A Hamilton mortgage brokerage specialising in commercial loans has seen a surge in demand from private property developers looking for a non-bank mortgage.
Omega Capital director Scott Massey says the company is in a ‘position of strength’ in the current environment of soaring demand for housing.
“In our six years of operation, the biggest change has come in the past two,” says Massey. “We’ve seen the demand for finance from private property developers nearly double.
“This is directly attributable to the trickle-down effect of land shortages, primarily in key population areas, and the massive surge in demand for houses.”
He said Omega is noticing a hike in people owning sizeable land blocks in populated areas and choosing to subdivide and build up to four, six or eight townhouses on the plots.
“The search for financing for those types of creative solutions to land use is increasingly being directed to independent companies like us rather than the banks,” said Massey.
He said the flexibility they can offer developer clients gives them an edge over banks in the current tough market space.
Omega generally facilitates property loans between $500K and $20 million, and clients seeking development funding with them can secure finance loans even after their request has been declined by banks, the company says.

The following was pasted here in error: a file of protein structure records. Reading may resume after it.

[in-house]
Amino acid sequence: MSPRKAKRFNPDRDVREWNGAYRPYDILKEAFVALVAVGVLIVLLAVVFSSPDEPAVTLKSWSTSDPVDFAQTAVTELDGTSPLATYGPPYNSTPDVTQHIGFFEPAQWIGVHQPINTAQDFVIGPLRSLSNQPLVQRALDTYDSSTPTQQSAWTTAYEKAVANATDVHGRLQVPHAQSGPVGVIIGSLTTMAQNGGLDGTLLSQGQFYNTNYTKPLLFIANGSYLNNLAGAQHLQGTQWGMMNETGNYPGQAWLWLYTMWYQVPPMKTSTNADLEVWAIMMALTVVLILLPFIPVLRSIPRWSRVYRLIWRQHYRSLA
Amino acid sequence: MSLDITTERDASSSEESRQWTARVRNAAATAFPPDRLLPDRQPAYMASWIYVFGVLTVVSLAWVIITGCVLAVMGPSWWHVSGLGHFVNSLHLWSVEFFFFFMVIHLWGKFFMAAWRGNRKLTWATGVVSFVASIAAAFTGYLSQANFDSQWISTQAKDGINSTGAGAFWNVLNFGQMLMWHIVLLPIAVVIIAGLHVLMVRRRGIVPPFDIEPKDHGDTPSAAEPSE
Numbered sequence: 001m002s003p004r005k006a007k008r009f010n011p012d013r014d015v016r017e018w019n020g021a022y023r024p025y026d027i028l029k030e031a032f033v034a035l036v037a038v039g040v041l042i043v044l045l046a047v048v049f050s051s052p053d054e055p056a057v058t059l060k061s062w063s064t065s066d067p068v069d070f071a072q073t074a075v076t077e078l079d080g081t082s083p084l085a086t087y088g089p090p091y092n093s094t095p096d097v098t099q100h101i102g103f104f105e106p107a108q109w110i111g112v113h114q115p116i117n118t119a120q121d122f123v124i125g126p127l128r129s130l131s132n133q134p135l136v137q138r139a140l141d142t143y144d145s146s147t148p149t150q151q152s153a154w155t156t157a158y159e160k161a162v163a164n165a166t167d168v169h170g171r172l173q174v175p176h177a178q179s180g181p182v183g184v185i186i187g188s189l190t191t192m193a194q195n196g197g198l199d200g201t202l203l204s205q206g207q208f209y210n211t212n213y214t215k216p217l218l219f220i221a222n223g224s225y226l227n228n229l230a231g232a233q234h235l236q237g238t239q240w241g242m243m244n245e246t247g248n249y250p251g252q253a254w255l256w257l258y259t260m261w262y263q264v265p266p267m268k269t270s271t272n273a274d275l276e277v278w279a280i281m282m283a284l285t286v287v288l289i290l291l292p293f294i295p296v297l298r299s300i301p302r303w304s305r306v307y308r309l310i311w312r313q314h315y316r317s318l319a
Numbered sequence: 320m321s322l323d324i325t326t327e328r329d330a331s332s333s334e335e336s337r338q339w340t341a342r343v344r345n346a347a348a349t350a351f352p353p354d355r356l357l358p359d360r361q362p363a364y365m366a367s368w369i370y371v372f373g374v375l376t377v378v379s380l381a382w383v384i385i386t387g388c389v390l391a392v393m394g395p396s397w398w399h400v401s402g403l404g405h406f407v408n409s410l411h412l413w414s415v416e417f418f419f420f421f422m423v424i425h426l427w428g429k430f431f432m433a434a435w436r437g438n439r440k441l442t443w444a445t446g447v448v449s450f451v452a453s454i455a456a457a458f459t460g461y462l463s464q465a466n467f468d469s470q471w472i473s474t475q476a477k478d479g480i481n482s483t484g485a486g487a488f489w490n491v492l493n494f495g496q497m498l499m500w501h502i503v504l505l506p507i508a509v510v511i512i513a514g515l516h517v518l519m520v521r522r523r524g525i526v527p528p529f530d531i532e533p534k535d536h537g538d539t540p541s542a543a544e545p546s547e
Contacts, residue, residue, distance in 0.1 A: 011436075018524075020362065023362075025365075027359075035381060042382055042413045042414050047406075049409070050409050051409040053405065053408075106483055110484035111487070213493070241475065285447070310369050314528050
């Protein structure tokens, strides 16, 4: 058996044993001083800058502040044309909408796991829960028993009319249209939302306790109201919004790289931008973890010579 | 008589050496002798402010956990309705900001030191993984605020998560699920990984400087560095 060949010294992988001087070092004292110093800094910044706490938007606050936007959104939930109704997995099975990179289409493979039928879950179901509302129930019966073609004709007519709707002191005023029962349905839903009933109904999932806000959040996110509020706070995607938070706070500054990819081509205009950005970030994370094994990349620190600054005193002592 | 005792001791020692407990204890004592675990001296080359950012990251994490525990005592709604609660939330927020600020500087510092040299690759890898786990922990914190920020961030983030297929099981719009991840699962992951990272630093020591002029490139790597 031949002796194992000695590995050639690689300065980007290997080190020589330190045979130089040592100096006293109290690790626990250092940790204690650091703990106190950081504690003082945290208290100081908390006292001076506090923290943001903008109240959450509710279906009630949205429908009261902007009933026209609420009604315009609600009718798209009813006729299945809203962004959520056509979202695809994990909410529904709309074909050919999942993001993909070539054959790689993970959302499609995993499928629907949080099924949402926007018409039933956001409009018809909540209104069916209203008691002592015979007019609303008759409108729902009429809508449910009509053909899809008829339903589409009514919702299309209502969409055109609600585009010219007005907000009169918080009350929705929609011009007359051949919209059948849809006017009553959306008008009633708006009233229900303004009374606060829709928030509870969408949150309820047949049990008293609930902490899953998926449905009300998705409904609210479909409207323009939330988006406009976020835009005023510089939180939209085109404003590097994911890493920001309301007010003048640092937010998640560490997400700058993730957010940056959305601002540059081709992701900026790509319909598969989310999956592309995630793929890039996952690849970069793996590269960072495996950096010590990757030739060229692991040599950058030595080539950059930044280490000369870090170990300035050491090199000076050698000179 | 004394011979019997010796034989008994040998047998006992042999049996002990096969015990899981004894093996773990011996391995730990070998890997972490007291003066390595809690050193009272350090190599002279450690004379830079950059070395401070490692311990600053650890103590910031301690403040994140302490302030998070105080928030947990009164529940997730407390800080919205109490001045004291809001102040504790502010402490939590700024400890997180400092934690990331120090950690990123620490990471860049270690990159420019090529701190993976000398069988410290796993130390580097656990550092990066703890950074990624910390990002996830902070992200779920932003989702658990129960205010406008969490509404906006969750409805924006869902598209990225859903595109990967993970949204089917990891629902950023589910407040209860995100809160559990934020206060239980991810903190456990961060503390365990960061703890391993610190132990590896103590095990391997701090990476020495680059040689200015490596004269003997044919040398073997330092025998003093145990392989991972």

Omega Capital general manager Alex Matheson said trading banks’ lending criteria for development type loans appears to have tightened further still.
“Omega is seeing a continuous flow of proposals for small to medium-sized residential building developments and residential subdivisions,” he said, “particularly in the main centres such as Auckland, Tauranga and Queenstown, where there is high demand for sections for new house building, and from house and land buyers for completed housing.”
He suggested trading banks could be doing more to speed up the supply of residential land and new house builds, and said: “A greater supply of developed sections ready for building, and more builders being prepared to build spec houses are the key to solving the current out-of-balance housing supply/demand cycle. There appears to be a lack of support from the local banks for this.”
Matheson said Omega is forecasting the current high demand to continue until at least 2018.
“Omega’s funders see the market as low risk for both residential and commercial building. They are more willing to support developers than the trading banks and apply less stringent loan criteria.
“However, the costs of finished developments are higher than if bank-funded, and inevitably this is impacting on the land prices for new houses.”